All posts by Thomas Forrister
Optimizing Microwave Ovens with Solid-State RF Cooking
Did you know that conventional microwave ovens use the same magnetron technology that was first used in WWII? These researchers thought it was time for an upgrade…
Finding the Best Way to Make Crêpes with Fluid Dynamics Research
The recipe for the perfect crêpe calls for flour, eggs, milk, sugar, butter, and…simulation? Fluid dynamicists used simulation to solve the optimal coverage problem for crêpe making.
Analyzing the Liquid Cooling of a Li-Ion Battery Pack
A sudden temperature increase or decrease can affect the efficiency of a lithium-ion battery. For the battery packs used in electric vehicles and other application areas, this can be a problem…
Happy Birthday, Sir William Ramsay
Argon got its name, which means “lazy”, because it doesn’t react with other elements in air — or seem to do much of anything. The chemist behind this discovery went on to find the noble gases.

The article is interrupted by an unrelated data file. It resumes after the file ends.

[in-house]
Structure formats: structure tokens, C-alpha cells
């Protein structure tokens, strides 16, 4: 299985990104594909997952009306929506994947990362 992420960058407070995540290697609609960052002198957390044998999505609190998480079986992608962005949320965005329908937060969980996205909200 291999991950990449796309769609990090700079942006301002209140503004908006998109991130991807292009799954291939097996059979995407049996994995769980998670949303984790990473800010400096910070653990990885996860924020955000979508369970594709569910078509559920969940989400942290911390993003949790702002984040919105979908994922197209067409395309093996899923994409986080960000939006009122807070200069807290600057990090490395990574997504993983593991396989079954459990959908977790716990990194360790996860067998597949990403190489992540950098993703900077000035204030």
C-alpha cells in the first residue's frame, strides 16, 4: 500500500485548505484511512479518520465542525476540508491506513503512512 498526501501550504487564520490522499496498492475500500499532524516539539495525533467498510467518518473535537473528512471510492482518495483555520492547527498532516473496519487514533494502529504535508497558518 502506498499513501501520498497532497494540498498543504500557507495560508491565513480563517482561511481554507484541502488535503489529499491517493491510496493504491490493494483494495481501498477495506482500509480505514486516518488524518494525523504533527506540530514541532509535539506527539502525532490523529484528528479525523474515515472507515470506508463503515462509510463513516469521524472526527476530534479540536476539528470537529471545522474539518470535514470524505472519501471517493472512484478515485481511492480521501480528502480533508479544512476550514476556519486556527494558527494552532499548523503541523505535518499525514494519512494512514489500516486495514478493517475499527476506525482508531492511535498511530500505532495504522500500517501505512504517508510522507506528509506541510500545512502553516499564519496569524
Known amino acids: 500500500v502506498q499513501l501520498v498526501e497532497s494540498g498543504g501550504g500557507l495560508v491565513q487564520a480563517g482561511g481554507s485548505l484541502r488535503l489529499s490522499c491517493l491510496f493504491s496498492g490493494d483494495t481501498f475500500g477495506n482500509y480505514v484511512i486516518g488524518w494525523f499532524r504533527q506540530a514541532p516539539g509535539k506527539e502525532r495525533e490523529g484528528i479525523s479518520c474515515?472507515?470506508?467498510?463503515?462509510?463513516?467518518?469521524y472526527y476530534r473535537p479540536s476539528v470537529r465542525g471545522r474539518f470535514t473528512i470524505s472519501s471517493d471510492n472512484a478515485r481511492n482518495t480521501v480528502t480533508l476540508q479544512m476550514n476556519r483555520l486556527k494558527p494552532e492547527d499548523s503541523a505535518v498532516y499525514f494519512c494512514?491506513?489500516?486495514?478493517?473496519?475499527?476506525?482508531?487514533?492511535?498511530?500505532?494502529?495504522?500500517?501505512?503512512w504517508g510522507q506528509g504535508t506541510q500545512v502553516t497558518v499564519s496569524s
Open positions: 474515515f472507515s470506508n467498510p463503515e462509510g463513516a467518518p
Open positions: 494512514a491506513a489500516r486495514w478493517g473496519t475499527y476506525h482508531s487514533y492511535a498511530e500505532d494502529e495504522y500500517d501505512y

Happy Birthday, James Joseph Sylvester
Ever heard the word combiants? What about plagiograph, allotrius, or zetaic? The Shakespeare of mathematics, James Joseph Sylvester used his love of poetry to find new ways to describe theories.
Defeating Giant Movie Monsters Using Mathematical Modeling
The predator-prey equation can predict how we’d fare in a monster invasion, as well as real-world biology and ecology scenarios like shark overpopulation and tumor movement.
Optimizing Lubricated Systems with Numerical Simulation
Experts at SIMTEC designed a lubricated mechanical contact using numerical modeling and built an application for optimizing the use of lubrication in rolling and sliding bearings.
Happy Birthday, Maria Goeppert Mayer
2, 8, 20, 28, 50, 82, and 126 were the “magic numbers” that led Maria Goeppert Mayer to develop the first mathematical model for nuclear shells in an atom.
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